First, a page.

We proceeded to cross and continue on to Jones Gap Falls which made a right turn not far past the slide area. It was a serene place with the mixed sounds of trickling and splashing waters. A nice place to relax, shaded from both the sun and the cares of life. Check off another of the Upstate’s waterfalls that I’ve visited.
The list is now as follows:
1. Big Bend Falls on the Chattooga River
2. Chauga Narrows on the Chauga River
3. Issaqueena Falls past Walhalla on Hwy. 28

4. King Creek Falls near Burrell’s Ford on King’s Creek by the Chattooga River

5. Spoonauger Falls near Burrell’s Ford on Spoonauger Creek by the Chattooga River

6. Lee Falls on Tamassee Creek

7. Licklog Falls on the Chattooga River
8. Pigpen Falls on the Chattooga River
9. Lower Whitewater Falls at Lake Jocassee
10. Miuka Falls on the Winding Stairs Trail
11. Secret Falls off the Winding Stairs Trail
12. Station Cove Falls at the historic Oconee Station Site
13. Yellow Branch Falls across from Issaqueena Falls on Hwy. 28 past Walhalla

14. Falls Creek Falls on the east end of the Mountain Bridge Wilderness Area and Jones Gap State Park via Hospital Rock Trail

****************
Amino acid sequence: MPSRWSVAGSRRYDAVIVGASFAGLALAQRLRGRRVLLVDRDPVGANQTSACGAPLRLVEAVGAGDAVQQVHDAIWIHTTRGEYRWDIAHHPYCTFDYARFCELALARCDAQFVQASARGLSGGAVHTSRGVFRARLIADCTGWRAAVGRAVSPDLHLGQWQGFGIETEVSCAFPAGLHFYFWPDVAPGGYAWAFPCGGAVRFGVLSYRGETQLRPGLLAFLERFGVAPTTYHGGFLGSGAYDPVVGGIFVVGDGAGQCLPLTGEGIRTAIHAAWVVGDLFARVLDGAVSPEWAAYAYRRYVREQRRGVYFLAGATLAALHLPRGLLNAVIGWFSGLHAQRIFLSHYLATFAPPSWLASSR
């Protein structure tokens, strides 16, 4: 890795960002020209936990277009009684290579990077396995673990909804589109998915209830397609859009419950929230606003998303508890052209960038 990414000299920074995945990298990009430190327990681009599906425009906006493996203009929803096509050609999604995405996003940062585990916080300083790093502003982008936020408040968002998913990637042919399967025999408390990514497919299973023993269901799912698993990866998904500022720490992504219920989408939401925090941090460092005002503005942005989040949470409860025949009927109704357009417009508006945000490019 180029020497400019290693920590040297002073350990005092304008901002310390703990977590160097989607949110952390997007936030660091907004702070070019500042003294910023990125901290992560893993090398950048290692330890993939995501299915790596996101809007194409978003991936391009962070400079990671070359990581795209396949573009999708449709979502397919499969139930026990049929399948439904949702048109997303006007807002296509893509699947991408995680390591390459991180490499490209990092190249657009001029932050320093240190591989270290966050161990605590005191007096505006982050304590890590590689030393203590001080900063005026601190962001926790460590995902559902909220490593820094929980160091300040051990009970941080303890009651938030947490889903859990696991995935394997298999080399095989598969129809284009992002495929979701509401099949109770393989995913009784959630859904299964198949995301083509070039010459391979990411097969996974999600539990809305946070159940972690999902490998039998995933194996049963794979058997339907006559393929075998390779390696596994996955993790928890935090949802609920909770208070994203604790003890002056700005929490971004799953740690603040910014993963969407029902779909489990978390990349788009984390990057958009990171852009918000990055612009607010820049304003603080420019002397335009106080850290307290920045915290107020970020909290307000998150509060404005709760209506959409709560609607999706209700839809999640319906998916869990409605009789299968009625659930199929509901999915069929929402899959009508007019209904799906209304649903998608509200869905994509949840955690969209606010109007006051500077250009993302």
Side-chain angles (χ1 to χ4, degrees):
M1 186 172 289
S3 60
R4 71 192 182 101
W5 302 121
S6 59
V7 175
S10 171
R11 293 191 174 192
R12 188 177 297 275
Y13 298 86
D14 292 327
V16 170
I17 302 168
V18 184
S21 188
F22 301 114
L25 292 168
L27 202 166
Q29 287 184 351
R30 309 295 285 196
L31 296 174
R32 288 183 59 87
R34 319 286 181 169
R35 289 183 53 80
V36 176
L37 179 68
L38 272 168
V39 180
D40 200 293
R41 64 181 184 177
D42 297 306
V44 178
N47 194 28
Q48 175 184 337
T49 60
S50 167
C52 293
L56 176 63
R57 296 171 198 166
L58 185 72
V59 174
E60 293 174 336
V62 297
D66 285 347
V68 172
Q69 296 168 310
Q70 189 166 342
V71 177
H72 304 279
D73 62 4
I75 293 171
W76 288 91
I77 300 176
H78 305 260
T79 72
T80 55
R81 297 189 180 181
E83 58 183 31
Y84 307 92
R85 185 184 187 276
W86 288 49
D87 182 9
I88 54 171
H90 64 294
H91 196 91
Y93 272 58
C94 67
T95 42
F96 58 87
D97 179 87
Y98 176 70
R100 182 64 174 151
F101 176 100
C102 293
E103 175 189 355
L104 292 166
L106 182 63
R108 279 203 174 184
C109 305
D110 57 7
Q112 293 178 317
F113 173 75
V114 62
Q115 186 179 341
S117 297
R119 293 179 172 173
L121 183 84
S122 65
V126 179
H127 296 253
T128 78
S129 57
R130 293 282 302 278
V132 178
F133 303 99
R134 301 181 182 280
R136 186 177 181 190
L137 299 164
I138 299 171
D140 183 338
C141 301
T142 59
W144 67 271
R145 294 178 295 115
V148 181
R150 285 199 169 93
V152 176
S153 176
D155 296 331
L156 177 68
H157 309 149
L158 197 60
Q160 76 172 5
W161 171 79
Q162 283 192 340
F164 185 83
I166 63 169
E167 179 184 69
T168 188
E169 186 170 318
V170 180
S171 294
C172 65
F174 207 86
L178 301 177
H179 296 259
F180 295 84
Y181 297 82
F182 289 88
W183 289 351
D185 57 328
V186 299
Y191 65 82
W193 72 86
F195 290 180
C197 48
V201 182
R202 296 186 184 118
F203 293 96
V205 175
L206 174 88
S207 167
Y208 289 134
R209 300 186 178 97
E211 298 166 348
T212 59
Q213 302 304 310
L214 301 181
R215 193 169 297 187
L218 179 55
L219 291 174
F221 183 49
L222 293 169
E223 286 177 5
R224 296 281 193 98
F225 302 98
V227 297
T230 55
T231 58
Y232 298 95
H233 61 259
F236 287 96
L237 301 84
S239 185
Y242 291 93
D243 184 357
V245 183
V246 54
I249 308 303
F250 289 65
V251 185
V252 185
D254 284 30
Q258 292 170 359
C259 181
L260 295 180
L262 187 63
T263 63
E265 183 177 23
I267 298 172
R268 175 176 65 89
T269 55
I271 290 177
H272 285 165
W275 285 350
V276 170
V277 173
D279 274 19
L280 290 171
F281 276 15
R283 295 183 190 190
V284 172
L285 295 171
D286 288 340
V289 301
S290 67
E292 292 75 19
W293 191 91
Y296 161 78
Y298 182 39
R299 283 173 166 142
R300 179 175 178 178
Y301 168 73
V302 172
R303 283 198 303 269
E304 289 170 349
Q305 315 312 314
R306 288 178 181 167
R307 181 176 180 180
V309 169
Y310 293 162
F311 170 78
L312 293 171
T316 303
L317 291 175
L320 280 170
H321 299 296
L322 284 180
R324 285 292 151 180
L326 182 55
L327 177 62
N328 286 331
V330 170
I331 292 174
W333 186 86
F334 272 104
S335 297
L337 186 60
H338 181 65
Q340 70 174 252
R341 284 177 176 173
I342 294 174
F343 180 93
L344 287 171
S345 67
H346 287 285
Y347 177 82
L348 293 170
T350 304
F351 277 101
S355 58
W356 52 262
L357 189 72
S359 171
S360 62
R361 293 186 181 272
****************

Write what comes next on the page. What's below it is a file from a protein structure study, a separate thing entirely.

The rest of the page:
15. Jones Gap Falls on the Jones Gap Trail
16. Raven Cliff Falls from the top via the Foothills Trail and the lookout across the valley

17. Laurel Fork Falls on Lake Jocassee
18. Twin Falls west of Table Rock
19. Carrick Creek Falls in Table Rock State Park
20. Spring Bluff Falls via Pinnacle Mountain Trail
21. Mill Creek Falls via Pinnacle Mountain Trail

22. Reedy River Falls in downtown Greenville





Cold Water and a Copperhead

3 09 2006

[Original post March 27, 2006]
Saturday, Drew and I went hiking at Keowee-Toxaway State Park. The trail passed Natural Bridge and Raven Rock on the way to a lakeside view. Natural Bridge is a rock that is hollow underneath. A small creek passes under it. It was dissappointing to say the least. Raven Rock also left much to be desired. No ravens were to be seen…nor was much of anything else for that matter, except for trees and the rock.

The trail down to the lake was steep…really steep. I was scared that we wouldn’t be able to make it back up with forty-pound packs on our backs. The trail spit us out on a small camping area beside a cove.